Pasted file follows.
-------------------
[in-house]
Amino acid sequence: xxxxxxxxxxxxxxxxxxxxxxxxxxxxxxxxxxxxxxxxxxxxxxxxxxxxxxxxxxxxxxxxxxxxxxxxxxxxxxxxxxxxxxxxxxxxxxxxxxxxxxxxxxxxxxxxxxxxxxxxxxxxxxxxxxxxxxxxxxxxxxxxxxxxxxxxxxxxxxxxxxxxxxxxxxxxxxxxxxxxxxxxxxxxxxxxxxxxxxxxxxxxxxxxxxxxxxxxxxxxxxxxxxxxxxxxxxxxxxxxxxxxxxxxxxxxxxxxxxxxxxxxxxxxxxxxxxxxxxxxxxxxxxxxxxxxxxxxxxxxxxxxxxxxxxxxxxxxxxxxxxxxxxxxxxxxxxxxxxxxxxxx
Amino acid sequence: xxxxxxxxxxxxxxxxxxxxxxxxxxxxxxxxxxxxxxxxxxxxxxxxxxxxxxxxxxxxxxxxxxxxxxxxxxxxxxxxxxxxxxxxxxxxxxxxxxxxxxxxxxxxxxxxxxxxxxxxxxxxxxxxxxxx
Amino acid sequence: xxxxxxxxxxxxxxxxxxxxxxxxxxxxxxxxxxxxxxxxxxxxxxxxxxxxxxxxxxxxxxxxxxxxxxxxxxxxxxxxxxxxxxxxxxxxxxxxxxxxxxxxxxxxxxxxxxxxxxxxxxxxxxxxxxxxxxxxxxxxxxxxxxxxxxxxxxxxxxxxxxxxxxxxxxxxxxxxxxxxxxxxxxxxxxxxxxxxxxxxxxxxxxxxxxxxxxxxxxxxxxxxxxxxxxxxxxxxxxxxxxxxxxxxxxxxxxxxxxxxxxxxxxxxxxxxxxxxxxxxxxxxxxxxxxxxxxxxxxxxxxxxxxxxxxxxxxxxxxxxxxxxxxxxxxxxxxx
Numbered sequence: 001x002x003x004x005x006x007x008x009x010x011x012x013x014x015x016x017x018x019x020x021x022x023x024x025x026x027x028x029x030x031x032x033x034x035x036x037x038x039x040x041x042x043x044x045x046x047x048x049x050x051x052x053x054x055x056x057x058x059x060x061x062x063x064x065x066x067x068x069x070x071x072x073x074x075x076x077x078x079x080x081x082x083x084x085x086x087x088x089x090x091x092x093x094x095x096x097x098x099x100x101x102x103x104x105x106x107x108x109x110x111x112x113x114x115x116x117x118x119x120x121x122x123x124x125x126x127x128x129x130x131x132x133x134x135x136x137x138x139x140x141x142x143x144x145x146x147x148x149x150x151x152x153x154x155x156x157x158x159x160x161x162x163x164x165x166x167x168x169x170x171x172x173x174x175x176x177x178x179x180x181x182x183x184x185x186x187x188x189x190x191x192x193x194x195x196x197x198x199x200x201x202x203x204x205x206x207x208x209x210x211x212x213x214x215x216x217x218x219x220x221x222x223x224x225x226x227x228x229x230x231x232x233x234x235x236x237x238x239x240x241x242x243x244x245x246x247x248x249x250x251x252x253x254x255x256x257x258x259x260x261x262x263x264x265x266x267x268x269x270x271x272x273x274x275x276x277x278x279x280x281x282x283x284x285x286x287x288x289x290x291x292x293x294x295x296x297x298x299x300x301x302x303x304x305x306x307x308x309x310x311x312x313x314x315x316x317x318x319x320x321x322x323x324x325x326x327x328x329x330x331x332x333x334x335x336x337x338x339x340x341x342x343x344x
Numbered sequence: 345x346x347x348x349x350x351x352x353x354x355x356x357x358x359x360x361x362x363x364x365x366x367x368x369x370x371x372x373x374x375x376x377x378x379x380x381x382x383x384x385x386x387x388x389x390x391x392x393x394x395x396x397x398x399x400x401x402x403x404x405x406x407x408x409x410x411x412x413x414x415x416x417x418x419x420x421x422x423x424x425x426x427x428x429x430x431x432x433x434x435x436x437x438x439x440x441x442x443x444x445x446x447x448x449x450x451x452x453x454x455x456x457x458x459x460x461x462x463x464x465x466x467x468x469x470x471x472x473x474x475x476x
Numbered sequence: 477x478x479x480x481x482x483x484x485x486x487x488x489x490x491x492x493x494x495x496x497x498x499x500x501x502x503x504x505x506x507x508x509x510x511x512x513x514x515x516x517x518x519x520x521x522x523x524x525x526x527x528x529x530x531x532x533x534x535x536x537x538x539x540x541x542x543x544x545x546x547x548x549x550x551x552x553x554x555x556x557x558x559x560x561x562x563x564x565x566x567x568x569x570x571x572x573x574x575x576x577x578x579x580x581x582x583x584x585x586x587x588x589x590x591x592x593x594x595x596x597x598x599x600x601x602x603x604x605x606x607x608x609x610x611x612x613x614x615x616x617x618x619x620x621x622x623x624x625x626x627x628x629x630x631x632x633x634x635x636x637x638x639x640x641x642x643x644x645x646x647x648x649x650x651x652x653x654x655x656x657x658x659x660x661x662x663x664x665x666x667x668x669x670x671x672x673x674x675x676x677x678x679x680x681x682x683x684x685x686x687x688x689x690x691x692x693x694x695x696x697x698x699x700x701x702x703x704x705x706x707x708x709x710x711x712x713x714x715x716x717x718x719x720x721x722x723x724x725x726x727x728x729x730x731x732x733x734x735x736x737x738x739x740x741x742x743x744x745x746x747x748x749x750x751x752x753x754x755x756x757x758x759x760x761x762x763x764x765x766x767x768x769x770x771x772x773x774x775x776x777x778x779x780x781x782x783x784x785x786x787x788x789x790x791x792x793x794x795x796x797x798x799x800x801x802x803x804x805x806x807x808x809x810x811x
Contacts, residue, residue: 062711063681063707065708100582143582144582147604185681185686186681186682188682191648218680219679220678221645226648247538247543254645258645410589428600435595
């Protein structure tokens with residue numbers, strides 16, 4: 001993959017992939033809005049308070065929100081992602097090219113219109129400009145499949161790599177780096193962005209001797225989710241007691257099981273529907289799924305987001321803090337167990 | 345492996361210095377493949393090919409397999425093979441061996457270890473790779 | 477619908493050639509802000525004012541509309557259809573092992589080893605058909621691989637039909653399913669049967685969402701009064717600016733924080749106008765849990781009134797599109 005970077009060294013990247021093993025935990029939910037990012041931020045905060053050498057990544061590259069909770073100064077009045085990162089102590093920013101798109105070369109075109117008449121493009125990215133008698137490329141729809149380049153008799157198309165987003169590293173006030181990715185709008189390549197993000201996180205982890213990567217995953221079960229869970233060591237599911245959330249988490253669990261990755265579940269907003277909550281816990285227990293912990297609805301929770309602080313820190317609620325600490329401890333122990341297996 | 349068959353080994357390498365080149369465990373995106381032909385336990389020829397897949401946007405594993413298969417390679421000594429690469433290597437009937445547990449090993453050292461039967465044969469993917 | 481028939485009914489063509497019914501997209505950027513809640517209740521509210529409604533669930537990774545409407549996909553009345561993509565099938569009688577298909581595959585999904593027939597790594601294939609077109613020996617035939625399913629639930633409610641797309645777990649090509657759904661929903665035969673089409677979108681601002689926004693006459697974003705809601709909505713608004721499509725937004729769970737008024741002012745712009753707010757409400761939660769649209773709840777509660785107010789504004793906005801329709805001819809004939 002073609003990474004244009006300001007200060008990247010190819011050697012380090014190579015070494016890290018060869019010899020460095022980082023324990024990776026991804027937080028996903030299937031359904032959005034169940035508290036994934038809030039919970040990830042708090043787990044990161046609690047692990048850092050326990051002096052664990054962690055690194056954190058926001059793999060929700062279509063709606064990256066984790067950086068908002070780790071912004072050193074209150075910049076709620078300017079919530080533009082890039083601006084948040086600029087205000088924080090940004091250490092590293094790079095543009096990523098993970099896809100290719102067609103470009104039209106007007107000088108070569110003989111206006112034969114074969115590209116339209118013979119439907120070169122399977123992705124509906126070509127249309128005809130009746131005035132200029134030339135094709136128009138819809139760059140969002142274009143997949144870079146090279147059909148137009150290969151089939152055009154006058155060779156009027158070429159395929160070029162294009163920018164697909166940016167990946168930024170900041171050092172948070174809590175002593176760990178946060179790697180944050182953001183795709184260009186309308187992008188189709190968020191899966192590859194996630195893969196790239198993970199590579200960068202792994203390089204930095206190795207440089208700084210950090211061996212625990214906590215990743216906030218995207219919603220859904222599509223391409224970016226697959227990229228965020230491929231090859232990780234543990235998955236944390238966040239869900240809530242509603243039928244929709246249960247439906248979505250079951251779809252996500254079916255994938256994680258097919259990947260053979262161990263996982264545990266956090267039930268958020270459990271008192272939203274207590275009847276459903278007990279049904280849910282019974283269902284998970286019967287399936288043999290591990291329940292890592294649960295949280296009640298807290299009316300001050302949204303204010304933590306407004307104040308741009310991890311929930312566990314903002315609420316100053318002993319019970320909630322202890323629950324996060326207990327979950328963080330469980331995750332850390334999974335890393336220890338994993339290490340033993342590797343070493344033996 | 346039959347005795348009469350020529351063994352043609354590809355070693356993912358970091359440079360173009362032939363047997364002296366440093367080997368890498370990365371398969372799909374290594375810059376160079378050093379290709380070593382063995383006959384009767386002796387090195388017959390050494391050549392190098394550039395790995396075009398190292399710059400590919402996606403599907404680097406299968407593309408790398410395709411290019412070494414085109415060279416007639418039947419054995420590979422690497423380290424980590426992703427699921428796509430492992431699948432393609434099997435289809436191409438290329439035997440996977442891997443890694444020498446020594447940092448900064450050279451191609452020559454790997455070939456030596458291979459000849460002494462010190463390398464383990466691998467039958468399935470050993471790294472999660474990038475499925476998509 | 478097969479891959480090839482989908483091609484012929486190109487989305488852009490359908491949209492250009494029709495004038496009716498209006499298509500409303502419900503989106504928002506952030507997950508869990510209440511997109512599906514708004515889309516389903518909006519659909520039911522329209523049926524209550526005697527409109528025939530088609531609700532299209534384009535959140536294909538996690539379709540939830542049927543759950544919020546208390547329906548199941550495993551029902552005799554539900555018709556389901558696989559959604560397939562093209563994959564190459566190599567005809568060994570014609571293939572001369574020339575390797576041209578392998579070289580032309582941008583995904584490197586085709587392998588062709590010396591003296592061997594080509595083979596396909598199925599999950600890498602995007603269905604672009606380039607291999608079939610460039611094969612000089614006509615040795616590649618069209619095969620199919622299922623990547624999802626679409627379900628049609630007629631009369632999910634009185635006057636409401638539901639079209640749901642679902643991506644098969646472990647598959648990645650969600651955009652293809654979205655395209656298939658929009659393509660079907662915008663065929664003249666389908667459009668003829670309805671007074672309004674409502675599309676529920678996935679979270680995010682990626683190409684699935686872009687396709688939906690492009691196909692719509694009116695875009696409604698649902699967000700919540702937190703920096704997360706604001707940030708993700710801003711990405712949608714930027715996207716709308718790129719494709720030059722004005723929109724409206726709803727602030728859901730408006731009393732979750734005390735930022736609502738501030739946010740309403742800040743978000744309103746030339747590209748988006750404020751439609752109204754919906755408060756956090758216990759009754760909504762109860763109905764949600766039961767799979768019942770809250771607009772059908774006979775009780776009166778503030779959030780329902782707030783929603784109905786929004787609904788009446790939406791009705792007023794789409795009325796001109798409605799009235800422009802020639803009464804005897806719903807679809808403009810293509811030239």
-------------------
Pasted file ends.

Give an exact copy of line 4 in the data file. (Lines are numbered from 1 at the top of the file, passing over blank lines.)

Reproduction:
Amino acid sequence: xxxxxxxxxxxxxxxxxxxxxxxxxxxxxxxxxxxxxxxxxxxxxxxxxxxxxxxxxxxxxxxxxxxxxxxxxxxxxxxxxxxxxxxxxxxxxxxxxxxxxxxxxxxxxxxxxxxxxxxxxxxxxxxxxxxxxxxxxxxxxxxxxxxxxxxxxxxxxxxxxxxxxxxxxxxxxxxxxxxxxxxxxxxxxxxxxxxxxxxxxxxxxxxxxxxxxxxxxxxxxxxxxxxxxxxxxxxxxxxxxxxxxxxxxxxxxxxxxxxxxxxxxxxxxxxxxxxxxxxxxxxxxxxxxxxxxxxxxxxxxxxxxxxxxxxxxxxxxxxxxxxxxxxxxxxxxxx